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Noun-Of-Noun: Misleading Phrases on the SAT Writing & Literature and ACT English section

Today we'll discuss a misleading phrase type commonly used on the SAT / ACT, and a source of confusion for students: noun-of-noun phrases.

Noun-of-noun phrases are exactly as they sound: a noun which serves as the subject/object, followed by the word 'of', followed by a noun which serves as a descriptor. Below are some examples of noun-of-noun phrases:

  1. 'quantities of milk'

  2. 'stages of construction'

  3. 'examples of difficulty'

  4. 'one of the animals'

The difficulty with these phrases is that the true subject or object of the phrase is confusing. For example, take the sentence:

'A pile of dust rose from the floor.'

What's the subject of this sentence? 'Pile' or 'dust'?

The answer is 'pile'. The word that comes after OF only serves to describe the subject. A pile is rising from the floor. 'Dust' simply details what this pile is made of.

Now let's formulate a general rule:

In noun-of-noun phrases, the FIRST noun is the subject/object. The second noun is just a descriptor.

Note that the first noun of noun-of-noun phrases can either be a subject ("One of the girls is here."), or an object ("I see one of the girls.") For the question type we're concerned with today, only subjects are of concern. So for purposes of clarity, from here on in within this article, we'll refer to the first noun of noun-of-noun phrases as the subject.

Returning to our earlier examples, we can now identify the subject of each phrase:

  1. 'huge quantities of milk': the subject is 'quantities'. 'Milk' is a descriptor.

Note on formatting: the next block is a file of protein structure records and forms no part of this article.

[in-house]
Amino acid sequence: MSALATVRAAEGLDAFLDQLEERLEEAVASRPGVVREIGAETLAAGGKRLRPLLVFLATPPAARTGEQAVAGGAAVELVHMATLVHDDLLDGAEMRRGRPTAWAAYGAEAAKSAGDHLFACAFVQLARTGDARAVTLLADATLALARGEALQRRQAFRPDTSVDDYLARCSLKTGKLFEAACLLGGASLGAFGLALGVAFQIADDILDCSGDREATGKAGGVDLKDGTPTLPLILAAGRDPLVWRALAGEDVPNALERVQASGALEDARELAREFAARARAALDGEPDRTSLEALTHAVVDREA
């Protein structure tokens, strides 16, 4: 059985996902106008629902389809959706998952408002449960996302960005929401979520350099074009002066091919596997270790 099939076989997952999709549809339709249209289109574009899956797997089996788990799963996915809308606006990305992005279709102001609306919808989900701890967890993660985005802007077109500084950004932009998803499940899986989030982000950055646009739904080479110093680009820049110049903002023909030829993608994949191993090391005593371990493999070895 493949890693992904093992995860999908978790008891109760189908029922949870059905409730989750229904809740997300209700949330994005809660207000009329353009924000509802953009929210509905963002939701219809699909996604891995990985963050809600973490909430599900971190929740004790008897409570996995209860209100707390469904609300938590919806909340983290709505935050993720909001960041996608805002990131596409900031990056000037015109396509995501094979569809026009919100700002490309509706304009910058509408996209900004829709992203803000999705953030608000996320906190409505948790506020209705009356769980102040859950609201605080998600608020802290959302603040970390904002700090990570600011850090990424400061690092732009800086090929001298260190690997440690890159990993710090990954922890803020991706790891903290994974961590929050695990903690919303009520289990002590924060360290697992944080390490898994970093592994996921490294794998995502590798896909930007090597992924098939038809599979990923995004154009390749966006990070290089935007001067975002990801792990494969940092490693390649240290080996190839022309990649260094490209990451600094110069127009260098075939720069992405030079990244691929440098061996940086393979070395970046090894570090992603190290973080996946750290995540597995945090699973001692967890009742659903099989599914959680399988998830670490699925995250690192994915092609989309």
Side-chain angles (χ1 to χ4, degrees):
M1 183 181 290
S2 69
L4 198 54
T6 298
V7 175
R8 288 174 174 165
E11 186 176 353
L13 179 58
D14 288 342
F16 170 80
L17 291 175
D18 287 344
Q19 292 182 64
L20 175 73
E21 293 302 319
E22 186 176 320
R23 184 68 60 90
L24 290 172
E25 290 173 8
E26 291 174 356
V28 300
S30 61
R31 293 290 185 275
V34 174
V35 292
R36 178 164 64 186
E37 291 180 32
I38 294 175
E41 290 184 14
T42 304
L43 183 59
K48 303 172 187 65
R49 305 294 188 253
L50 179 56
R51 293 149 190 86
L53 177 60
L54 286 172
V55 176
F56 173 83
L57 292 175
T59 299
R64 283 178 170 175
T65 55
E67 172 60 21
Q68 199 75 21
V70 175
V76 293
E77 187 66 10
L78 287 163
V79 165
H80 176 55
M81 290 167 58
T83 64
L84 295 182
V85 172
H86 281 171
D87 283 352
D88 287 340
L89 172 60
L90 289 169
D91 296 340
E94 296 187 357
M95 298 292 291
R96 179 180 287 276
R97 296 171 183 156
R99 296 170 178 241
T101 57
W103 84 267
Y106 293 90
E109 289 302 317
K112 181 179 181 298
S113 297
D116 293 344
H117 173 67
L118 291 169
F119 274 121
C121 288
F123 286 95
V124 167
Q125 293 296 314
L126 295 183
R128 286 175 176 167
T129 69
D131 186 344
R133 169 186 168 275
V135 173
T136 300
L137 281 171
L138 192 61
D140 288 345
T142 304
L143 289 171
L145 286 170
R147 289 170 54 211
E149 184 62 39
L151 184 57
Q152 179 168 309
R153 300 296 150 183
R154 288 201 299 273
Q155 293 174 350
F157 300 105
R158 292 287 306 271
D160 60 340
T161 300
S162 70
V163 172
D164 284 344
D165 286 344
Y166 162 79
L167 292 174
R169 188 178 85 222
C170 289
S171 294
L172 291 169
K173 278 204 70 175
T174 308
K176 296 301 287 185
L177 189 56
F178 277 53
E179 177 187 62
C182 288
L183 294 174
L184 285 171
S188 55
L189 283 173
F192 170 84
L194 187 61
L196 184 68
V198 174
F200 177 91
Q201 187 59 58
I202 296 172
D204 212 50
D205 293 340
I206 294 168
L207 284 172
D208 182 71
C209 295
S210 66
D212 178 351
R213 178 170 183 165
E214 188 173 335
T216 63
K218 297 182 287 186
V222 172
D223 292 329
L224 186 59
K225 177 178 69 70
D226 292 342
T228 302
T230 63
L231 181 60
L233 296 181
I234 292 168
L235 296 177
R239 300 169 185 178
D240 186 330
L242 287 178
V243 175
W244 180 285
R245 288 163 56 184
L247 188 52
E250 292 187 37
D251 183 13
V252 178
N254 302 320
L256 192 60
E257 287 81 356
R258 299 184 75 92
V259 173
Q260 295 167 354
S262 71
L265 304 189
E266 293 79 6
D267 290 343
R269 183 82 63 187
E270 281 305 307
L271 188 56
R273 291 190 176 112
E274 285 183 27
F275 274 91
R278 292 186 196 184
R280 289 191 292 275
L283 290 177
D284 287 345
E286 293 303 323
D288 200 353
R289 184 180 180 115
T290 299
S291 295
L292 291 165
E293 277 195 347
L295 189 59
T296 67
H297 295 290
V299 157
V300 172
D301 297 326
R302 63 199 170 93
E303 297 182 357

2. 'stages of construction': the subject is 'stages.' 'Construction' is a descriptor.

  3. 'examples of difficulty': the subject is 'examples.' 'Difficulty' is a descriptor.

  4. 'one of the animals': the subject is 'one.' 'Animals' is a descriptor.

So: how does the SAT / ACT use this to trick you?

Note that in the above four examples, the plurality of the subject noun and the plurality of the descriptor noun are different. For example, in the phrase #1, 'quantities' is plural, but 'milk' is singular. In phrase #4, 'one' is singular, but 'animals' is plural.

On the SAT/ACT, noun-of-noun phrases are paired with a verb that is fitting for the descriptor noun, rather than the subject noun. Here's an example:

'Sheets of ice, lying on the tundra, drips to the river.'

Here, 'sheets' is the subject, not ice. The correct verb should be 'drip.'

Another example:

'The group of dogs, which he hadn't seen before, run to the barn.'

The subject is 'group', and the verb should be 'run', not 'runs.'

One last example:

'In the middle of the night, the bag of apples, bright and red, fall to the ground and roll to the door.'

The subject is 'bag', and the verbs should be 'falls' and 'rolls.'

Note that in all the examples given here, there's a clauses between the noun-of-noun and the verb that goes with it. The last sentence is especially long and also has a clause before the noun-of-noun. Overcomplicated sentences, and clauses between noun-of-noun phrases and their appropriate verbs, serve to distract you from the correct grammar.

Many of my students can correctly answer when I ask, for example, what the subject of "bag of apples" is. They can also confidently say that the correct phrase would be "The bag of apples falls", and not "The bag of apples fall", since 'bag' is the subject, and it is singular.

Nevertheless, within the context of a convoluted sentence, such distinctions often become blurred, and "One of the animals are", read in a hurried fashion, can often come to seem perfectly correct. I've noticed that the majority of my students - regardless of the level of their English skills - slip on these questions, at least the first time they come across them in their lessons with me.

So keep an eye out for this question type. The constructors of the Writing & Literature section of the SAT, or alternatively, of the English section of the ACT, love asking questions about this phrase. It'll possibly pop up in at least one question on your exam.

For more tips and methods, or to get help personally tailored to your needs, consider working with me. I've helped people from all over the world get into their dream school. In coaching you, I adopt my methods specifically to your personality, schedule, and learning style. For this reason, studying privately with a skilled coach is the best way to increase your test score.

Happy learning! Tova


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